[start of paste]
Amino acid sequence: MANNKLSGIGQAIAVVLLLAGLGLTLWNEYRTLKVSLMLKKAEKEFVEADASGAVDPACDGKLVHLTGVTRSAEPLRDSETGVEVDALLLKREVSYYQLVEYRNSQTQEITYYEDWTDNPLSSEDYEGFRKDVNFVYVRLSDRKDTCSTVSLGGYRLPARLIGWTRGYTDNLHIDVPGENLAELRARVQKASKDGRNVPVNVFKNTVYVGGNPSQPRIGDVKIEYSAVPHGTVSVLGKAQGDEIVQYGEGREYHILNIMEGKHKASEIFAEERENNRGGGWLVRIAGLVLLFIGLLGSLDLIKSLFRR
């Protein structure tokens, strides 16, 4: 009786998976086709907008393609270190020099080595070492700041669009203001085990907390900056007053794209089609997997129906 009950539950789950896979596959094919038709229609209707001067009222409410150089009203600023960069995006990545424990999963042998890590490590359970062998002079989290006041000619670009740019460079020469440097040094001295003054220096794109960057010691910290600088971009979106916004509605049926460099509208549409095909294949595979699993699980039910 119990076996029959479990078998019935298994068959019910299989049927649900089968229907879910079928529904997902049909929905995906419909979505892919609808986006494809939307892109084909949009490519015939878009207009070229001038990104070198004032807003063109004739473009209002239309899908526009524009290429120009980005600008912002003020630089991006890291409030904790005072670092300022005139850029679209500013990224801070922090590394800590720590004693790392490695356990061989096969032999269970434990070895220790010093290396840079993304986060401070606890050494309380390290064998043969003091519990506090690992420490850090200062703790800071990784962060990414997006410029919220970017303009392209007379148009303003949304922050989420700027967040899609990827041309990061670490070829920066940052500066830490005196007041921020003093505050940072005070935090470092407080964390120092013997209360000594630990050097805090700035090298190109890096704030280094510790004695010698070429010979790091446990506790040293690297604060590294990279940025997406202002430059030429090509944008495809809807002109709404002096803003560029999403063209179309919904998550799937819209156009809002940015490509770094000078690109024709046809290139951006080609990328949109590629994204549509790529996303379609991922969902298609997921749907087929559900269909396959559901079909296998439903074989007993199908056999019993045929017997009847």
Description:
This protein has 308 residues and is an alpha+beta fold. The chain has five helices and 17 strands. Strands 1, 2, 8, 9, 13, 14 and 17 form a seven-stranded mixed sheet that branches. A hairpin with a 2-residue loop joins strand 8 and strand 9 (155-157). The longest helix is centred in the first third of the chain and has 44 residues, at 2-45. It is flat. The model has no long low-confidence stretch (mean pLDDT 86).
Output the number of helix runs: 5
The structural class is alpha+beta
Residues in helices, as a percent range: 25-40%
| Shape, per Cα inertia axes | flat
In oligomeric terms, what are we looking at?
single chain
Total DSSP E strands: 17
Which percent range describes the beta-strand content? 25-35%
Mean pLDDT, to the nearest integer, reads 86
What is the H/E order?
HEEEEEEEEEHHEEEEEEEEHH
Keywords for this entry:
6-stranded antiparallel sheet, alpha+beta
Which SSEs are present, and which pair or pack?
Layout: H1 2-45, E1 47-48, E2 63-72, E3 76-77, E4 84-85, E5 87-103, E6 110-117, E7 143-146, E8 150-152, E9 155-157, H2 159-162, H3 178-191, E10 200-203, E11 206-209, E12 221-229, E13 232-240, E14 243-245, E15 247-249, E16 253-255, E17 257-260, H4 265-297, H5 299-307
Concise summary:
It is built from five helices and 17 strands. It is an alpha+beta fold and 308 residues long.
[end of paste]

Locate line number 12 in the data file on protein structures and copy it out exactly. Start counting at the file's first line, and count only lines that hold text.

Which percent range describes the beta-strand content? 25-35%